McNeil alleges that the defendants allowed asbestos-covered pipes to exist directly outside of his cell, and that the defendants told him they could not transfer him to another cell. These allegations are insufficient to establish that the defendants acted maliciously, intending to punish or injure him, such as by causing asbestos particles to be released into the air in his cell. Indeed, McNeil's allegations are insufficient to establish that the defendants acted with even the minimum level of culpability sufficient to trigger the Eighth Amendment's protection against cruel and unusual punishment, deliberate indifference. See Helling v. McKinney, --- U.S. ----, ----, 113 S. Ct. 2475, 2480, 125 L. Ed. 2d 22 (1993); Duane v. Lane, 959 F.2d 673, 676 (7th Cir. 1992). That the defendants did not remove the asbestos-covered pipes or transfer McNeil to a different cell is not enough to establish deliberate indifference. Obduracy and wantonness rather than inadvertence or mere negligence characterize conduct prohibited by the Eighth Amendment. Whitley v. Albers, 475 U.S. 312, 318, 106 S. Ct. 1078, 1083, 89 L. Ed. 2d 251 (1986); Campbell v. Greer, 831 F.2d 700, 702 (7th Cir. 1987). To state a claim under the Eighth Amendment, McNeil must, at minimum, allege facts sufficient to establish that the defendants possessed a total unconcern for McNeil's welfare in the face of serious risks. See Helling, --- U.S. at ---- - ----, 113 S. Ct. at 2481-82; McGill v. Duckworth, 944 F.2d 344, 347 (7th Cir. 1991), certiorari denied, --- U.S. ----, 112 S. Ct. 1265, 117 L. Ed. 2d 493 (1992). McNeil's complaint falls short of meeting this standard.

Nor does McNeil's complaint allege facts sufficient to establish that the conditions in the prison were serious enough to be considered cruel and unusual. For a condition in a prison to violate the Eighth Amendment, it must result in "unquestioned and serious deprivations of basic human needs," or "deprive inmates of the minimal civilized measure of life's necessities." Rhodes v. Chapman, 452 U.S. 337, 347, 101 S. Ct. 2392, 2399, 69 L. Ed. 2d 59 (1981); Jamison-Bey v. Thieret, 867 F.2d 1046, 1048 (7th Cir. 1989); Meriwether v. Faulkner, 821 F.2d 408, 416 (7th Cir.), certiorari denied, 484 U.S. 935, 108 S. Ct. 311, 98 L. Ed. 2d 269 (1987). McNeil alleges that he was exposed to asbestos while in his cell over a period of ten months. He does not allege facts sufficient to establish that he was exposed to unreasonably high levels of asbestos. Had, for example, McNeil been forced to stay in a dormitory where friable asbestos filled the air, see Powell v. Lennon, 914 F.2d 1459 (11th Cir. 1990), we might agree that he states a claim under the Eighth Amendment. Cf. Helling, --- U.S. at ----, 113 S. Ct. at 2480 (facts alleged were sufficient to establish that prisoner was exposed to levels of environmental tobacco smoke that posed unreasonable risk of serious damage to his future health). That, however, is not this case. As the district court noted in its order dismissing McNeil's complaint, it is unfortunate, but the fact remains that asbestos abounds in many public buildings. Exposure to moderate levels of asbestos is a common fact of contemporary life and cannot, under contemporary standards, be considered cruel and unusual. See Meriwether, 821 F.2d at 416.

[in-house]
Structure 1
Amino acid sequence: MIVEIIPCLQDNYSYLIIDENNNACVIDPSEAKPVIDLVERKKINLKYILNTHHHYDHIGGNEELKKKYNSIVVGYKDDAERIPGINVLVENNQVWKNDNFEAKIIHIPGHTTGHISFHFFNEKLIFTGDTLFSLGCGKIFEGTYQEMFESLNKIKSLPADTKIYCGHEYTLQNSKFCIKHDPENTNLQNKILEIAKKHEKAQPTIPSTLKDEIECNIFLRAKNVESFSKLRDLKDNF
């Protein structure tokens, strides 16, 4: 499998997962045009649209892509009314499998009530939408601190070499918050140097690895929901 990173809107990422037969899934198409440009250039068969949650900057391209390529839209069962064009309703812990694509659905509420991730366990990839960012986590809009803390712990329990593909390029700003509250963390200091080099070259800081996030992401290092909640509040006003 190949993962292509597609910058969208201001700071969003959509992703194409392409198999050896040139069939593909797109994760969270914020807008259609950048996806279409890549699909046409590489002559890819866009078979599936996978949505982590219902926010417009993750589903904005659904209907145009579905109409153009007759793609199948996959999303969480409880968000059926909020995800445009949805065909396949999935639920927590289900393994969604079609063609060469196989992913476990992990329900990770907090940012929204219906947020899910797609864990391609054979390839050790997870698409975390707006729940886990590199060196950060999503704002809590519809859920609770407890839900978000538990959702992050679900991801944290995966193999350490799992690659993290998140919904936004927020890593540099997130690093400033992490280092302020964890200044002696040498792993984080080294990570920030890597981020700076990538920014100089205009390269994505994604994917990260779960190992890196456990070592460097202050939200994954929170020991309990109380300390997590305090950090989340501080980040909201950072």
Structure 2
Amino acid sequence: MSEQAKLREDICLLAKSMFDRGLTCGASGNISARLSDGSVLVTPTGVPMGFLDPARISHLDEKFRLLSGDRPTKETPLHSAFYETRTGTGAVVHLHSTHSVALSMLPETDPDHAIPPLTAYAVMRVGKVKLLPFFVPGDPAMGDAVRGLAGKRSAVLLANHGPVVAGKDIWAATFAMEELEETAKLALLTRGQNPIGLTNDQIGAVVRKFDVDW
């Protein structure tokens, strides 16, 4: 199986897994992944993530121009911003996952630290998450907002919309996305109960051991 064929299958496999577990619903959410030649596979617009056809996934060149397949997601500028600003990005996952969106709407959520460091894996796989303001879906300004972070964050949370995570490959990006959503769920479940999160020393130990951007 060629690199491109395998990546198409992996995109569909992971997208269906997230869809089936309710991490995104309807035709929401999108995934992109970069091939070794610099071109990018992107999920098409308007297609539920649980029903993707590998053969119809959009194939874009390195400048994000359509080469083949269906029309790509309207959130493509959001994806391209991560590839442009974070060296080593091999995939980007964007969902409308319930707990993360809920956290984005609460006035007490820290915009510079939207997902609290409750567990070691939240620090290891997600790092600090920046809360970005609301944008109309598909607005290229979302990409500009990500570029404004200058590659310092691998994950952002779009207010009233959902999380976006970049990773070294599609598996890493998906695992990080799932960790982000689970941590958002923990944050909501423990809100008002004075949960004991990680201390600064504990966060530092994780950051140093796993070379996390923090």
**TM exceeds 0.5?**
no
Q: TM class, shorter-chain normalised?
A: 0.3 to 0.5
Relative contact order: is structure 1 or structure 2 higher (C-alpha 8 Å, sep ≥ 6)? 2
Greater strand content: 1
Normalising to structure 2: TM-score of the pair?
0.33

Because the conduct of which McNeil complains does not rise to the level of a violation of the Eighth Amendment it is unnecessary to address whether McNeil has met the remaining elements necessary to state a claim under 42 U.S.C. § 1983. The district court's judgment dismissing McNeil's complaint is AFFIRMED.

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This appeal was originally decided by unreported order on February 24, 1993. See Cir.R. 53. At the request of the Attorney General of the State of Illinois, the Court has subsequently decided to issue the decision as an opinion